Patients with a lethal form of brain cancer lived nearly twice as long as expected after receiving Agenus' ($AGEN) Prophage vaccine in a Phase II study, according to the company.
Agenus' Prophage jab is an autologous cancer vaccine being investigated for glioblastoma multiforme, a fatal type of brain cancer that has a maximum overall survival of 15 months with treatment. Many patients die within a year after diagnosis, and only about 26% of patients make it to the two-year mark.
In a single-arm study of 46 patients, 50% of those newly diagnosed with glioblastoma multiforme who received Agenus' Prophage in addition to the standard of care treatment lived for two years. Patients receiving Prophage survived for an average of 24 months, and 33% of patients remain alive at two years and continue to be followed for survival.
"Glioblastoma tumors are often resistant to standard therapies and the extended progression-free survival and proportion of long-term survivors is very encouraging," said Dr. Andrew Parsa, principal investigator of the study and the chair of the Department of Neurological Surgery at the Feinberg School of Medicine at Northwestern University.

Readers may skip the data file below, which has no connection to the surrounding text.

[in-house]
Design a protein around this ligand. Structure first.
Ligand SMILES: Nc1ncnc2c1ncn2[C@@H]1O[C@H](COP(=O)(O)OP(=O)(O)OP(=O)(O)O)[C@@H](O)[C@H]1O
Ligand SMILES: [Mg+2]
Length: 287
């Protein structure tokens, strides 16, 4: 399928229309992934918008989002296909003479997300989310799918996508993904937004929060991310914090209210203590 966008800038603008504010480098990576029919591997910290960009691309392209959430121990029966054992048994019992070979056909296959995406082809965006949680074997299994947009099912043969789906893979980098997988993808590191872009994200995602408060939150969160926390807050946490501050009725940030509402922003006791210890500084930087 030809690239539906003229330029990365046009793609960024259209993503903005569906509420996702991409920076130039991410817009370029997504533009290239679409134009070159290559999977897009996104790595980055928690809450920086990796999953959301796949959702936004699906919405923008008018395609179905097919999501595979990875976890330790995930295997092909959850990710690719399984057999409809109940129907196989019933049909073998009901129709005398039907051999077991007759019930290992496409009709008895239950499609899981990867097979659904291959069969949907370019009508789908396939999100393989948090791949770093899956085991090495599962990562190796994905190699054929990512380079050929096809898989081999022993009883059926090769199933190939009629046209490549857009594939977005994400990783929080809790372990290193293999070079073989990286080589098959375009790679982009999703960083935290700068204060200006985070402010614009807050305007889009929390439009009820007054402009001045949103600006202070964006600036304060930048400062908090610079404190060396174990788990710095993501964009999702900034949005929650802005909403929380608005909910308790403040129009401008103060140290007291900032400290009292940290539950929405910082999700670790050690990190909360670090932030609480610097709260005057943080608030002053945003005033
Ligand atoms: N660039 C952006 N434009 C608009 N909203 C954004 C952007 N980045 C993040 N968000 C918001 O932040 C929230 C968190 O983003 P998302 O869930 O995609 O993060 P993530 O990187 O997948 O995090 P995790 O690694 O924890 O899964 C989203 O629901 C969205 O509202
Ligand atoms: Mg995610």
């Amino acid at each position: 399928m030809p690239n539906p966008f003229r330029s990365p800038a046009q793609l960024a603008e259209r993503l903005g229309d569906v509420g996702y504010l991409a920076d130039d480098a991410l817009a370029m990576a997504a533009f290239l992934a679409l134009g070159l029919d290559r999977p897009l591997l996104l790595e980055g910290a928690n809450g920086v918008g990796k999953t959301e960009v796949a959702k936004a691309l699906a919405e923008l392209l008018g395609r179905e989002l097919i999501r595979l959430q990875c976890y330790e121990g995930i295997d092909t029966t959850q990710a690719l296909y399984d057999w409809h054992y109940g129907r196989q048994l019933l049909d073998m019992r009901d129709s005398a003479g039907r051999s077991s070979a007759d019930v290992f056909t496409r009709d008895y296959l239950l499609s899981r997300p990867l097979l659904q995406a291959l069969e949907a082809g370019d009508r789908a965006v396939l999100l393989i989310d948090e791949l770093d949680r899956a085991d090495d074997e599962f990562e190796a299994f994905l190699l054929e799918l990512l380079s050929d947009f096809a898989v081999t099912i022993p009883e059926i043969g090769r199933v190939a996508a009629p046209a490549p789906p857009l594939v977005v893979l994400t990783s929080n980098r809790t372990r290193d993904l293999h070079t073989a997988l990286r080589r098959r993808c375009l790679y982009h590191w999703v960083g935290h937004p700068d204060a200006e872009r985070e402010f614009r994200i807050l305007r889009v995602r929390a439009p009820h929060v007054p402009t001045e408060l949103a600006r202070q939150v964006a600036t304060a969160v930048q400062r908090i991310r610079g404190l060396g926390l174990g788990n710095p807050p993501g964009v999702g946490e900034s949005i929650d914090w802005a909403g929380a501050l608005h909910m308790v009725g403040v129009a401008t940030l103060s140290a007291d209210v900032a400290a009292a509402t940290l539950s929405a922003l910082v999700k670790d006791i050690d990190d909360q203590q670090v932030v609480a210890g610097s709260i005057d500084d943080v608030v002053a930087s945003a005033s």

|Dr. Andrew Parsa, Northwestern University's Feinberg School of Medicine|
The standard treatment of care for glioblastoma includes resection surgery, radiation therapy and chemotherapy with Merck's ($MRK) Temodar. For recurrent tumors, patients have the option of Roche's ($RHHBY) Avastin, carmustine and other chemotherapy drugs used off-label.
These treatments only offer limited benefit in extending overall survival, leaving huge unmet need for better therapies.
Prophage is formulated by isolating tumor cells from individual patients, so that patients receive a vaccine prepared from their own surgically removed tumor. The individually tailored vaccine is thought to work by giving a patient's immune system the boost it needs to attack the tumor based on the variety of mutant proteins expressed by their own tumor.
Agenus reports that patients with less expression of the checkpoint ligand PDL-1 on the white blood cells seem to fair better with Prophage, suggesting that combinations of the vaccine with checkpoint modulators like PD-1 antagonists might make it even more effective in a greater proportion of patients with glioblastoma.
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